With the state of the environment as it is currently, it may often seem there is little we can actually do to improve it. And yet, however insignificant one drop of inspiration can seem in an infinite sea of possibilities, a sea is a collection of millions of tiny drops, each connected to the other, forming a tight, unified body. Just like that, each of our choices counts, so even as small a thing as what we eat can make a huge difference in the grand scheme of things.
It goes without saying that buying foods locally is one of the most important steps to leading a sustainable life. But what if we told you that you can take it a step further? Growing your own veggies might seem like an intimidating task at first, but it’s actually quite achievable. It can also benefit you and the environment in many different ways.
Before you can start dining on your home-grown veggies, however, you need to grow them. While you can definitely cultivate some smaller herbs on your kitchen worktop, a home vegetable garden is what you’ll need if you want to grow vegetables in a sustainable way. Don’t know where to start? That’s what we’re here for.
Picking the right spot
Before you begin any work, you need to find the right place for your garden. This may seem obvious at first, but finding a spot of land on your lot that meets all the requirements of your vegetable garden takes a little bit more thought.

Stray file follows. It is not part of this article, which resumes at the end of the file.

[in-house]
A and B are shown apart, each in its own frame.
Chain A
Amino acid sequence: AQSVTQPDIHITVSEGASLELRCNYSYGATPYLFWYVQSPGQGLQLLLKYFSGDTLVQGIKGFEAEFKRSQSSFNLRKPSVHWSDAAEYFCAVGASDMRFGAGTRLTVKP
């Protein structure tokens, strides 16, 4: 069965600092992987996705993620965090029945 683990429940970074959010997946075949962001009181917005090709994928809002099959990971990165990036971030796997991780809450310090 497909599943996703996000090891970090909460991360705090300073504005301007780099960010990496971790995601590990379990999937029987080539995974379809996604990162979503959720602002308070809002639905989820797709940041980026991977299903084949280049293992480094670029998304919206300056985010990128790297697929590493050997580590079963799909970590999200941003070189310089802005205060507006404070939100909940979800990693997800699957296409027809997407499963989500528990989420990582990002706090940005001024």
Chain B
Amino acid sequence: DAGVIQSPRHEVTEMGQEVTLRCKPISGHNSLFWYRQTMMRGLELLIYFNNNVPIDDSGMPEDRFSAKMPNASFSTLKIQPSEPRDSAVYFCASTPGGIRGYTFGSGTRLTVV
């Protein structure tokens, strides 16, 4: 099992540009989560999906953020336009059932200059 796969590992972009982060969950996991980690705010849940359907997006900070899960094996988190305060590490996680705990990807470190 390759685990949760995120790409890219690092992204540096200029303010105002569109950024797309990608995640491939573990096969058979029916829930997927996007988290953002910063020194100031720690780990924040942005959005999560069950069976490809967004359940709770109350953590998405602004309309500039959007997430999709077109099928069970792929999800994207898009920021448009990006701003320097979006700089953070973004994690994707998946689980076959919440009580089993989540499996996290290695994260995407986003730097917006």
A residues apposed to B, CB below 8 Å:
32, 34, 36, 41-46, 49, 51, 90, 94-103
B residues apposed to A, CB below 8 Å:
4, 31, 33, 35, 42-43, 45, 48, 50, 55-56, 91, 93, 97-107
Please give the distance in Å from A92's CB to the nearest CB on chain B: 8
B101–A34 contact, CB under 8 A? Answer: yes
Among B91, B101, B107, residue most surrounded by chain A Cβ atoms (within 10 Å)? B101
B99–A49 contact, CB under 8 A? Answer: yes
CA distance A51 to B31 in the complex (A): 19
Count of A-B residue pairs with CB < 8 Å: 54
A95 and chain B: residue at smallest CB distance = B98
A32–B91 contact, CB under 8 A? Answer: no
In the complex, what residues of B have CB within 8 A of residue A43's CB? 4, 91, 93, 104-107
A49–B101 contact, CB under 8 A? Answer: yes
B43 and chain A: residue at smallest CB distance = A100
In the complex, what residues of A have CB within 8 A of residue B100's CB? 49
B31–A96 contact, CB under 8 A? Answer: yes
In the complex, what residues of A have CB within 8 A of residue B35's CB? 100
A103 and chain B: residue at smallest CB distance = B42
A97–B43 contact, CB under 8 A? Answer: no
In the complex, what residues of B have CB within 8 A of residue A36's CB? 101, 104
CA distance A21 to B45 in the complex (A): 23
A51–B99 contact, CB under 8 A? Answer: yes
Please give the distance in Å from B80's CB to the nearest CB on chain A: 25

First of all, consider the fact that your plants need even footing. In order to ensure that your vegetables have the easiest time growing, you need your vegetable garden to be completely level. Granted, slight slopes are not completely out of the question, especially if they’re located in an area that offers a greater amount of sunlight, but you might need to use some tools to make it more level if the ground is too uneven.
You can also make slopes easier to access using some basic landscaping. You can use farm equipment and install small brick walls on your own, but if you live up North and want something with a bit more flair, there are plenty of Edinburgh gardeners and landscapers that can help you get the exact look you want.
Testing the waters
Once you’ve secured a place for your garden, it’s time to dig deeper and find out what hand you’ve been dealt. The key thing to find out at this stage is whether your soil is more acidic or alkaline in content. Needless to say, this step is important, as it determines what exactly you can do with the garden, mostly by determining the type of mulch and compost you’ll be using.
Keep in mind that this will also determine which plants will grow more easily, and which ones will require more attention. A neutral pH is ideal, as most plants can thrive in that kind of environment, though there are certain plants that will enjoy acidic soil but not alkaline, and vice versa. If you’re determined to keep growing that vegetable instead of buying it, you should adjust your mulch accordingly. Of course, whatever the case, make sure your mulch is completely organic – but more on that later.
Getting to the heart of the matter